To drive sustainability, executives need to change the way they do business.  The implementation strategies of embracers offer a number of lessons, including: 

Move early even if there is incomplete information

Brian Walker, CEO of sustainability-leader Herman Miller furniture believes that many sustainability decisions “can’t be reduced simply to a formula or financial return…it requires a bit of instinct, a gut feeling of where you want to go.” In most industries, there are sufficient best practices and case studies to help firms move forward with plans that improve sustainability competitiveness.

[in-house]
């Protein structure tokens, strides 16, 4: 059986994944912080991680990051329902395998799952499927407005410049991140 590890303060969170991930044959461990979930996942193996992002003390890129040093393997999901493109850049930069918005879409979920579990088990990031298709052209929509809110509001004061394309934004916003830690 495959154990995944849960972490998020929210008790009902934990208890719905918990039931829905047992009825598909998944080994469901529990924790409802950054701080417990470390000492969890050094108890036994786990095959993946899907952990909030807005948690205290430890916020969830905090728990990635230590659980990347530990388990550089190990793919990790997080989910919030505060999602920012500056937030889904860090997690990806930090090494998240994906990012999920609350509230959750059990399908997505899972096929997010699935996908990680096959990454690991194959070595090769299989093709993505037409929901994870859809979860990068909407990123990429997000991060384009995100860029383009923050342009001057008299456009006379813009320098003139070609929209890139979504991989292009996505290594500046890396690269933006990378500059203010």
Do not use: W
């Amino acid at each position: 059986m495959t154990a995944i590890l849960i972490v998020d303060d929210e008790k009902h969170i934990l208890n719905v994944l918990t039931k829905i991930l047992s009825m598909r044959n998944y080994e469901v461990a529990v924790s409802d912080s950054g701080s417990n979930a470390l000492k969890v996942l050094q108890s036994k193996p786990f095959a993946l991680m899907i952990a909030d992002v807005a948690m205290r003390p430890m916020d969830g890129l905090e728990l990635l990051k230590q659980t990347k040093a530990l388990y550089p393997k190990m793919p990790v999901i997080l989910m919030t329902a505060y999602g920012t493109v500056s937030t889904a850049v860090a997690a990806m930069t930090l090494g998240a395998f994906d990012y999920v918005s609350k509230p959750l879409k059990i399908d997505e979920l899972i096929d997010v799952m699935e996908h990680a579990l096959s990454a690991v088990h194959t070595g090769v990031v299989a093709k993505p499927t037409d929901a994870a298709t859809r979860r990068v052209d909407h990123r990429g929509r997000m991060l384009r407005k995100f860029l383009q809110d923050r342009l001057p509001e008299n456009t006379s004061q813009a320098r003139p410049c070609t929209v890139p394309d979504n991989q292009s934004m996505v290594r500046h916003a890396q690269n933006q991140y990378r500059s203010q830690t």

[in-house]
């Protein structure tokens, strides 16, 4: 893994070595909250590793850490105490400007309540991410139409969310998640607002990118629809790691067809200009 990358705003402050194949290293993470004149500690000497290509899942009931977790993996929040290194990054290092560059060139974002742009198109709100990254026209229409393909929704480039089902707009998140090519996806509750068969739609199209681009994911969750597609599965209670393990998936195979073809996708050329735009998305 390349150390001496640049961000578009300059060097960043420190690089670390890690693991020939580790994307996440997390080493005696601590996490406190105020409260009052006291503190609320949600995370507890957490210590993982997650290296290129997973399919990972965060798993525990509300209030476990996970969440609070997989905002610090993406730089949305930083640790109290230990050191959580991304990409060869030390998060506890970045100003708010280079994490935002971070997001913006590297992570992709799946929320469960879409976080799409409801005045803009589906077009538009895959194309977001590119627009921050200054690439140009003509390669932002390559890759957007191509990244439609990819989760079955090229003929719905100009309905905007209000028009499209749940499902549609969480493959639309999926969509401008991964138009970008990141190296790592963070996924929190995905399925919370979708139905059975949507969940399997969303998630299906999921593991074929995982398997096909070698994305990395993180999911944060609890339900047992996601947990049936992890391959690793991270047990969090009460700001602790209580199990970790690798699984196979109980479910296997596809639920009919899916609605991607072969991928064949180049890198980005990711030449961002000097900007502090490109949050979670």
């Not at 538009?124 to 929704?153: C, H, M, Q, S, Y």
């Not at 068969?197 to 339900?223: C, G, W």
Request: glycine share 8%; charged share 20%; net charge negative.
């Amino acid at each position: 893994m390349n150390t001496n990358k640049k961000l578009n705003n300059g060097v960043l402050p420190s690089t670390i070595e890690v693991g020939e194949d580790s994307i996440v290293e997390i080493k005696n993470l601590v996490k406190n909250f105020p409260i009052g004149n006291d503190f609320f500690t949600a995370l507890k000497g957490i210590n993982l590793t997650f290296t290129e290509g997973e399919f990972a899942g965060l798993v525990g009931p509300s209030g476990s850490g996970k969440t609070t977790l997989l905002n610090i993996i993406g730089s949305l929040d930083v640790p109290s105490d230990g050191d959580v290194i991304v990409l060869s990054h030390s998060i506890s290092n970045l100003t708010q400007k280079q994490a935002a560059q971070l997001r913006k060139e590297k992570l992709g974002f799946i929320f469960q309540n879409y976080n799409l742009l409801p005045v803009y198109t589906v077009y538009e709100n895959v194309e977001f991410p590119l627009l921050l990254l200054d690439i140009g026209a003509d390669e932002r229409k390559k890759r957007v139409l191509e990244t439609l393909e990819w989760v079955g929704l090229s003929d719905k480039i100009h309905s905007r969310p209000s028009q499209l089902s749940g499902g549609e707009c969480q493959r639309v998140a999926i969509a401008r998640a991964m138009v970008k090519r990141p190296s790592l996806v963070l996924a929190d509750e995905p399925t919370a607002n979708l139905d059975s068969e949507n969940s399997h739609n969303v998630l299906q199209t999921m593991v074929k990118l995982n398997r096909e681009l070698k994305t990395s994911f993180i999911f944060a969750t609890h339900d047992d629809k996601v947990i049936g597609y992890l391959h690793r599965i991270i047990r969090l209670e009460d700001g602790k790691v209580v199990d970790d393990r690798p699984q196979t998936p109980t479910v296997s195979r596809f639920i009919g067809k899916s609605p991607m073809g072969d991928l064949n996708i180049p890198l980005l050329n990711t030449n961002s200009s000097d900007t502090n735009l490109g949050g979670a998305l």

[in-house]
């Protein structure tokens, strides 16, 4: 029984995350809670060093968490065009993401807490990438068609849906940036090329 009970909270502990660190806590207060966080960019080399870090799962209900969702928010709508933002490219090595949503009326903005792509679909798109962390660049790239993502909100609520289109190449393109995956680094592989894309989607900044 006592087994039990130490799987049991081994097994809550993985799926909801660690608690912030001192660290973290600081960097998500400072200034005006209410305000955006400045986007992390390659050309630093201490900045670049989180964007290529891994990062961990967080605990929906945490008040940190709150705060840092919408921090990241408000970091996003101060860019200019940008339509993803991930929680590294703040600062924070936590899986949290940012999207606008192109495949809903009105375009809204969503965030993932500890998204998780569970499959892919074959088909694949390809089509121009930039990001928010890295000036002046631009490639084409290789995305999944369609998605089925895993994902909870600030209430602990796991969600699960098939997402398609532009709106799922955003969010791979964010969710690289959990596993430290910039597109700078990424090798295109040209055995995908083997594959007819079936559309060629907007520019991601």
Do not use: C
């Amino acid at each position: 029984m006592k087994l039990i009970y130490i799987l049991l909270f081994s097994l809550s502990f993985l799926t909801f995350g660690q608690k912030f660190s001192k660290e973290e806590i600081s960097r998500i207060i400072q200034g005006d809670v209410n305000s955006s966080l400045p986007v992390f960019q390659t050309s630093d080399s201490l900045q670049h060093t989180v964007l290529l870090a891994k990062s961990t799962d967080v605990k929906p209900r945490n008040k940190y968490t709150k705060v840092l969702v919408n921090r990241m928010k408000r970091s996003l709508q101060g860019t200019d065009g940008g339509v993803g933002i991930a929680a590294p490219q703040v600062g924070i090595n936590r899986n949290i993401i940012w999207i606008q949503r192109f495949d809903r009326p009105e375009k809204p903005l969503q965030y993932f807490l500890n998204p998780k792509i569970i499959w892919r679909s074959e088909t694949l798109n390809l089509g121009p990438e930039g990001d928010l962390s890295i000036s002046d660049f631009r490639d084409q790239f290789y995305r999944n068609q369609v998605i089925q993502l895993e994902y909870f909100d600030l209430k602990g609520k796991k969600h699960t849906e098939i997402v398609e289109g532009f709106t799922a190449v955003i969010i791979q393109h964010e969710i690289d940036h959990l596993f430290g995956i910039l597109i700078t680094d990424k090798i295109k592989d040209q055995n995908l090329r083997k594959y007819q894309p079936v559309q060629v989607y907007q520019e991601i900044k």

Balance a long term vision with concrete short term wins

While long term success favours the ambitious, the reality in most organizations is that short term project wins are needed to generate operational experience and catalyze change.  One IT CEO I worked with refused to implement a large scale sustainability initiative until the firm had garnered sufficient learnings from a couple of pilot programs. 

Integrate sustainability into the organizational structure and operations

Sustainability must be woven into the fabric of the organization and not siloed within a specific department.  For example, GE and Nike translated their bold sustainability mandate directly into their operating units, practices and cultures.  Santiago Gowland, Unilever’s VP of Brand and Corporate Responsibility, says that his company views sustainability as a key business growth lever, treated at the same level as HR, Marketing and Supply Chain Management. For Unilever, sustainability is a new way of doing business.